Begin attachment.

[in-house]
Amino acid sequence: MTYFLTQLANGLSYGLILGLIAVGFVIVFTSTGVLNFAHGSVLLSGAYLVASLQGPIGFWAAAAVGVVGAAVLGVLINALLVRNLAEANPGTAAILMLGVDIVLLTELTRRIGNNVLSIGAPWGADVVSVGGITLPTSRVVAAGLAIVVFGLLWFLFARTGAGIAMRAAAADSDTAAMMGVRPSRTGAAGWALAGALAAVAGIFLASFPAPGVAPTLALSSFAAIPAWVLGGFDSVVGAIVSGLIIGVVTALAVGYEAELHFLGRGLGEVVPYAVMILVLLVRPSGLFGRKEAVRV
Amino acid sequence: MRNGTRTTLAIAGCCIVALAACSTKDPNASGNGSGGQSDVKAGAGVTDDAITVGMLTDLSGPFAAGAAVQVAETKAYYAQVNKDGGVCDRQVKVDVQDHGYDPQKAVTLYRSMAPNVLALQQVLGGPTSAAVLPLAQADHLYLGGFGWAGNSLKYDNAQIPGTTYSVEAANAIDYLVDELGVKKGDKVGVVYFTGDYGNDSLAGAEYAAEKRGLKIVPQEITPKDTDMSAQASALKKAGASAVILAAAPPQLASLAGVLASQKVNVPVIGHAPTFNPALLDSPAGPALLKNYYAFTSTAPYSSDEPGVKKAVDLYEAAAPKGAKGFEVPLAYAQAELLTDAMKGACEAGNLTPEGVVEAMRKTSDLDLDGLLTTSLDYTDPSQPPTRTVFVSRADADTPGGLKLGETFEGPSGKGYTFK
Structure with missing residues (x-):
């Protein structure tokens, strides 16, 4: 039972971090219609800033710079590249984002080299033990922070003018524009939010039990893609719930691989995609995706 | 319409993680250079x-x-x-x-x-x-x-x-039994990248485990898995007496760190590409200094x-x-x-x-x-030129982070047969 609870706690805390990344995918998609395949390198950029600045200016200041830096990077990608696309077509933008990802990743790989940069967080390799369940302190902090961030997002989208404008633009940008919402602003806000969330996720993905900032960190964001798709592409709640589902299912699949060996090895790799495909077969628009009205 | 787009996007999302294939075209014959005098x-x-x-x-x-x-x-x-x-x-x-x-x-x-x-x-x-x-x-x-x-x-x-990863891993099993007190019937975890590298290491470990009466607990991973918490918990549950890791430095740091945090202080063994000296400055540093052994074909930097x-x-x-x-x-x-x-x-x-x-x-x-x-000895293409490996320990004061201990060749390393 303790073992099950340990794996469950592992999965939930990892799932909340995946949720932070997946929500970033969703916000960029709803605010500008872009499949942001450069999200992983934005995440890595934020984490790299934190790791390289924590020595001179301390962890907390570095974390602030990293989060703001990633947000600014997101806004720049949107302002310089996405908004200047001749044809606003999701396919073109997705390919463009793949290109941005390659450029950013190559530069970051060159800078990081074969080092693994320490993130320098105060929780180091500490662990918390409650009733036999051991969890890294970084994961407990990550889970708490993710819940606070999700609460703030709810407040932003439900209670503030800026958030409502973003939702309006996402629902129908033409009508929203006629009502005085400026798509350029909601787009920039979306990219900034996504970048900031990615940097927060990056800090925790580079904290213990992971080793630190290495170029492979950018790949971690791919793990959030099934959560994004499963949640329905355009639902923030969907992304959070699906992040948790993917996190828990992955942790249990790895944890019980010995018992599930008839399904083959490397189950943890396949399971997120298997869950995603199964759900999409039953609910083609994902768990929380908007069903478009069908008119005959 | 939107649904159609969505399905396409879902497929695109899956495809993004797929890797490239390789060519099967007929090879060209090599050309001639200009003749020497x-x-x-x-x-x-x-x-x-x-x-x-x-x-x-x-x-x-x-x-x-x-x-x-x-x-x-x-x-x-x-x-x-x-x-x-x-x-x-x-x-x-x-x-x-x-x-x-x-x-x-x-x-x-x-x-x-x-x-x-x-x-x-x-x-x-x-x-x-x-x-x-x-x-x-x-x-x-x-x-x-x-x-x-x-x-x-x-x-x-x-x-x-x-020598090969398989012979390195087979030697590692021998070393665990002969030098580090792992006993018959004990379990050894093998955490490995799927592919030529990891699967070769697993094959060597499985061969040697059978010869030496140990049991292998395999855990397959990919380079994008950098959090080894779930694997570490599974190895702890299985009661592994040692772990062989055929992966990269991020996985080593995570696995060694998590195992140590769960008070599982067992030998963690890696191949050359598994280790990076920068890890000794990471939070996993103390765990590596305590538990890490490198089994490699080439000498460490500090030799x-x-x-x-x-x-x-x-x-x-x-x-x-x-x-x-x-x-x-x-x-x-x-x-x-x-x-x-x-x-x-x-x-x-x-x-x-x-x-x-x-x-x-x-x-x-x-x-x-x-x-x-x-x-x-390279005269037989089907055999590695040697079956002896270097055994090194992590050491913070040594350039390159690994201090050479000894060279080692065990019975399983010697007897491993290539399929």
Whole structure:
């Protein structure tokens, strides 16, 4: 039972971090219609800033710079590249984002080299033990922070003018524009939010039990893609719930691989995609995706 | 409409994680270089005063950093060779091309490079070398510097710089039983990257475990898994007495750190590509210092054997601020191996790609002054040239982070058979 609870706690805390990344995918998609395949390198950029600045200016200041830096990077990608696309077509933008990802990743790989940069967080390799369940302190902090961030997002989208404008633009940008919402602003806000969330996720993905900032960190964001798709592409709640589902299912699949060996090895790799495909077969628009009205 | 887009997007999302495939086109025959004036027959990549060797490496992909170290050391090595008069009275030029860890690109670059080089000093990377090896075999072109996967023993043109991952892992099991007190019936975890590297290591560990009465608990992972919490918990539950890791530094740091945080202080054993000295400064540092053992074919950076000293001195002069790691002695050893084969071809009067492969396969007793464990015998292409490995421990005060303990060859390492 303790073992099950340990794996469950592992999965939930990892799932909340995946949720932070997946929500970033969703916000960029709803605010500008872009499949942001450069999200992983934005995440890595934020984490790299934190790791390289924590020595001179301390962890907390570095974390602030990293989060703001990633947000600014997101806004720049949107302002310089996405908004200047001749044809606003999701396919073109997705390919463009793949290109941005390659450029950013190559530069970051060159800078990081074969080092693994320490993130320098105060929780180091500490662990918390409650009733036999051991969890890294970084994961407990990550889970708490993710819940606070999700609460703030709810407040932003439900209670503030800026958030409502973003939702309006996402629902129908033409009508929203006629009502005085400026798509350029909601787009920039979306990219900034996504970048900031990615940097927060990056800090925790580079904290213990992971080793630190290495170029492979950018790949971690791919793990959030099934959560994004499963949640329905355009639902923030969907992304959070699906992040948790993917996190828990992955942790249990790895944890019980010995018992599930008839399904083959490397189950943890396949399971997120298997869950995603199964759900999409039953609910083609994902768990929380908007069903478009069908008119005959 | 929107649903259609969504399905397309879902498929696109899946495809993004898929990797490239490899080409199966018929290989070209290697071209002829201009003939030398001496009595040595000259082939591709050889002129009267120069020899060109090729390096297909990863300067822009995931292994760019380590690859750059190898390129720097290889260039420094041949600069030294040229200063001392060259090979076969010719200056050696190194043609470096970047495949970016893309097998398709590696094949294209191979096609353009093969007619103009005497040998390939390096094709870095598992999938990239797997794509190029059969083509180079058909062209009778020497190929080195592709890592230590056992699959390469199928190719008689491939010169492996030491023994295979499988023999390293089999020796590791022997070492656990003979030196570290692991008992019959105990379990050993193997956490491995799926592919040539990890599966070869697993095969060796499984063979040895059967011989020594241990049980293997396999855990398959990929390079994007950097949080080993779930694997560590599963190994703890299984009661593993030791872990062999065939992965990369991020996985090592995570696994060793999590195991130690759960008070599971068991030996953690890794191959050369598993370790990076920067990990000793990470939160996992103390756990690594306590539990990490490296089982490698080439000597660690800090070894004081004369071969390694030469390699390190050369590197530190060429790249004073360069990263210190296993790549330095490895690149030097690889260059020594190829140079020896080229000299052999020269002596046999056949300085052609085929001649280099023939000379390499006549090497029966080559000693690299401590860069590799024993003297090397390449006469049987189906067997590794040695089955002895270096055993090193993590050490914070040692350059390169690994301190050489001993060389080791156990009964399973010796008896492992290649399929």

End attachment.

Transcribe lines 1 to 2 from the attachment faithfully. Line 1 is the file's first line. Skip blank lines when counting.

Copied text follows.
[in-house]
Amino acid sequence: MTYFLTQLANGLSYGLILGLIAVGFVIVFTSTGVLNFAHGSVLLSGAYLVASLQGPIGFWAAAAVGVVGAAVLGVLINALLVRNLAEANPGTAAILMLGVDIVLLTELTRRIGNNVLSIGAPWGADVVSVGGITLPTSRVVAAGLAIVVFGLLWFLFARTGAGIAMRAAAADSDTAAMMGVRPSRTGAAGWALAGALAAVAGIFLASFPAPGVAPTLALSSFAAIPAWVLGGFDSVVGAIVSGLIIGVVTALAVGYEAELHFLGRGLGEVVPYAVMILVLLVRPSGLFGRKEAVRV